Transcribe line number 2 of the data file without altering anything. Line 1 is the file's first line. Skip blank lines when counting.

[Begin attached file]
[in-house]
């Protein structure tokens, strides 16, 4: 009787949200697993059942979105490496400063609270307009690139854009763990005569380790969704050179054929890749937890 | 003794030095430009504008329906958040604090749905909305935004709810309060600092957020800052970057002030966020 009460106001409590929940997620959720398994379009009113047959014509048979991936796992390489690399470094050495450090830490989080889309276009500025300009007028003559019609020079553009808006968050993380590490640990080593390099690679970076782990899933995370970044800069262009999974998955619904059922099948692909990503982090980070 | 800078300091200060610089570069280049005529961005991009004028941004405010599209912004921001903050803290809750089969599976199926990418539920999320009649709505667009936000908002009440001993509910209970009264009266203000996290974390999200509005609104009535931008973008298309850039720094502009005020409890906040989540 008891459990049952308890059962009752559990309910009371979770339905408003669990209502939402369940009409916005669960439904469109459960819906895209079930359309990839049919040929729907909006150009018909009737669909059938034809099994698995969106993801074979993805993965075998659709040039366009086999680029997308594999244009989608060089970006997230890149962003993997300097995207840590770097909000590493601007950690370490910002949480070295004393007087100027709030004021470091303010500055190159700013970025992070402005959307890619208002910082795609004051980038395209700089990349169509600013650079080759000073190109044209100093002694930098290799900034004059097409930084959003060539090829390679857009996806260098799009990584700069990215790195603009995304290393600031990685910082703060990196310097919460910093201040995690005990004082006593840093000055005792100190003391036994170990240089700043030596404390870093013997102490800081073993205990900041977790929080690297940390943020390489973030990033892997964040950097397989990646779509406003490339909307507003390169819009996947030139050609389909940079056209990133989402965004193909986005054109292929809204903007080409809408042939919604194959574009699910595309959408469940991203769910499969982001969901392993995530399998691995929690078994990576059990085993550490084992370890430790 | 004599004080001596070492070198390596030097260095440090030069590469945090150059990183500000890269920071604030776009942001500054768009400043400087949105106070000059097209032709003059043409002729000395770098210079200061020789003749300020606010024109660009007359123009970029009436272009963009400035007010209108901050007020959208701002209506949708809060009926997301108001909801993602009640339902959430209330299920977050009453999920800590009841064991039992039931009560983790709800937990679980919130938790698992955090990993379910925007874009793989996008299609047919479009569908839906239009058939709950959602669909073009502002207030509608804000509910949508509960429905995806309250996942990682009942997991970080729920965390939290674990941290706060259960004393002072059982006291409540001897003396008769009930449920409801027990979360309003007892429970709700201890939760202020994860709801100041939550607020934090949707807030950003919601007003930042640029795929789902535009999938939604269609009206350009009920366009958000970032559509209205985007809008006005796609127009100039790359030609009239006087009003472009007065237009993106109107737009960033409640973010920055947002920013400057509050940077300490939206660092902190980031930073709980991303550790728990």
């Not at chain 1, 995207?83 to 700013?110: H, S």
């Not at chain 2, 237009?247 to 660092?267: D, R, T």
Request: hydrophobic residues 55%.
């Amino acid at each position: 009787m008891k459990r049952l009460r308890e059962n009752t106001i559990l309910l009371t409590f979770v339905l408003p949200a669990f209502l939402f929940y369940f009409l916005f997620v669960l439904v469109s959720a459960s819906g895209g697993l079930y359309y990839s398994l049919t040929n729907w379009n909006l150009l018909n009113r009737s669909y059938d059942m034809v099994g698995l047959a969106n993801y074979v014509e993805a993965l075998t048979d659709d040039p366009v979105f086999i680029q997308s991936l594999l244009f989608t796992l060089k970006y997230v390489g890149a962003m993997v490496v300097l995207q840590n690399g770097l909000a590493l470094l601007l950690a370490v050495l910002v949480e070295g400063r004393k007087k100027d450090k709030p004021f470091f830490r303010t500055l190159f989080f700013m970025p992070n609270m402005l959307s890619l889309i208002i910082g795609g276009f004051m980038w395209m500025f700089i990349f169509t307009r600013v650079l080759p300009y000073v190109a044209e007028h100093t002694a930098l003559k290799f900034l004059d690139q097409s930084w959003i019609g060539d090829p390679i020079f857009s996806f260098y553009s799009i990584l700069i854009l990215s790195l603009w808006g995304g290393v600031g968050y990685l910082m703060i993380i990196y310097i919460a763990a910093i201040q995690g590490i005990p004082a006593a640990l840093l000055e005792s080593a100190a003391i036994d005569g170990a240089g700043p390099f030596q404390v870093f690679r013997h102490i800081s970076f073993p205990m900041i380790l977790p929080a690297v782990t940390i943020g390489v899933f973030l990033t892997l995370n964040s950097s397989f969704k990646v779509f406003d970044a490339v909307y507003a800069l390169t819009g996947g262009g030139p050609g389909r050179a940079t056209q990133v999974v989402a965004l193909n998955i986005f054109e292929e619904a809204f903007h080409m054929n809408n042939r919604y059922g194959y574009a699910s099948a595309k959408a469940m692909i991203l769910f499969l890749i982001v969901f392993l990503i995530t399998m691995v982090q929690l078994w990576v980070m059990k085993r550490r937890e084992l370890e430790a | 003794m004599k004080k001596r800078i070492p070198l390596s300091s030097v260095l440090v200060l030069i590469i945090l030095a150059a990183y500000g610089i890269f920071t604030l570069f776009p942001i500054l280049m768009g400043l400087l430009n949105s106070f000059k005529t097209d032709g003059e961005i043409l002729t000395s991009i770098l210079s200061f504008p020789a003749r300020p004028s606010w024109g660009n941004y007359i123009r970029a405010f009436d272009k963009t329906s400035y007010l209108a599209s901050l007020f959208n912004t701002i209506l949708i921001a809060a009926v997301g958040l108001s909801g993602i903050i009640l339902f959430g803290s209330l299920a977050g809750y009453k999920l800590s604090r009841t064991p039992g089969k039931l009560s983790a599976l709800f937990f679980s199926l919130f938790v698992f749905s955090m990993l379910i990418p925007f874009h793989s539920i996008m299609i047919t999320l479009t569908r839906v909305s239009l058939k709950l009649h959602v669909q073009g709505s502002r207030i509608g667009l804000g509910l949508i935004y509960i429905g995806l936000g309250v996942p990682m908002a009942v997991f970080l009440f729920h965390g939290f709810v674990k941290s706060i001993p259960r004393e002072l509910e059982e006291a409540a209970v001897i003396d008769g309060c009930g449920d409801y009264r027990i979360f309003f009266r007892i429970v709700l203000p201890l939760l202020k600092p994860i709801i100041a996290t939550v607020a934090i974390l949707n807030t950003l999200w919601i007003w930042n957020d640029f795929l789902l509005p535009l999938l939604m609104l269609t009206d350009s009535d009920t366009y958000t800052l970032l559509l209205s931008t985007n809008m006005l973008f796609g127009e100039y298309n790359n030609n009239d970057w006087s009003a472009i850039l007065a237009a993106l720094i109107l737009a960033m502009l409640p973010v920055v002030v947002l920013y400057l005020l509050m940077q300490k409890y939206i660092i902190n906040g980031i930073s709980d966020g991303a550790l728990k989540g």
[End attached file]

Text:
């Protein structure tokens, strides 16, 4: 009787949200697993059942979105490496400063609270307009690139854009763990005569380790969704050179054929890749937890 | 003794030095430009504008329906958040604090749905909305935004709810309060600092957020800052970057002030966020 009460106001409590929940997620959720398994379009009113047959014509048979991936796992390489690399470094050495450090830490989080889309276009500025300009007028003559019609020079553009808006968050993380590490640990080593390099690679970076782990899933995370970044800069262009999974998955619904059922099948692909990503982090980070 | 800078300091200060610089570069280049005529961005991009004028941004405010599209912004921001903050803290809750089969599976199926990418539920999320009649709505667009936000908002009440001993509910209970009264009266203000996290974390999200509005609104009535931008973008298309850039720094502009005020409890906040989540 008891459990049952308890059962009752559990309910009371979770339905408003669990209502939402369940009409916005669960439904469109459960819906895209079930359309990839049919040929729907909006150009018909009737669909059938034809099994698995969106993801074979993805993965075998659709040039366009086999680029997308594999244009989608060089970006997230890149962003993997300097995207840590770097909000590493601007950690370490910002949480070295004393007087100027709030004021470091303010500055190159700013970025992070402005959307890619208002910082795609004051980038395209700089990349169509600013650079080759000073190109044209100093002694930098290799900034004059097409930084959003060539090829390679857009996806260098799009990584700069990215790195603009995304290393600031990685910082703060990196310097919460910093201040995690005990004082006593840093000055005792100190003391036994170990240089700043030596404390870093013997102490800081073993205990900041977790929080690297940390943020390489973030990033892997964040950097397989990646779509406003490339909307507003390169819009996947030139050609389909940079056209990133989402965004193909986005054109292929809204903007080409809408042939919604194959574009699910595309959408469940991203769910499969982001969901392993995530399998691995929690078994990576059990085993550490084992370890430790 | 004599004080001596070492070198390596030097260095440090030069590469945090150059990183500000890269920071604030776009942001500054768009400043400087949105106070000059097209032709003059043409002729000395770098210079200061020789003749300020606010024109660009007359123009970029009436272009963009400035007010209108901050007020959208701002209506949708809060009926997301108001909801993602009640339902959430209330299920977050009453999920800590009841064991039992039931009560983790709800937990679980919130938790698992955090990993379910925007874009793989996008299609047919479009569908839906239009058939709950959602669909073009502002207030509608804000509910949508509960429905995806309250996942990682009942997991970080729920965390939290674990941290706060259960004393002072059982006291409540001897003396008769009930449920409801027990979360309003007892429970709700201890939760202020994860709801100041939550607020934090949707807030950003919601007003930042640029795929789902535009999938939604269609009206350009009920366009958000970032559509209205985007809008006005796609127009100039790359030609009239006087009003472009007065237009993106109107737009960033409640973010920055947002920013400057509050940077300490939206660092902190980031930073709980991303550790728990």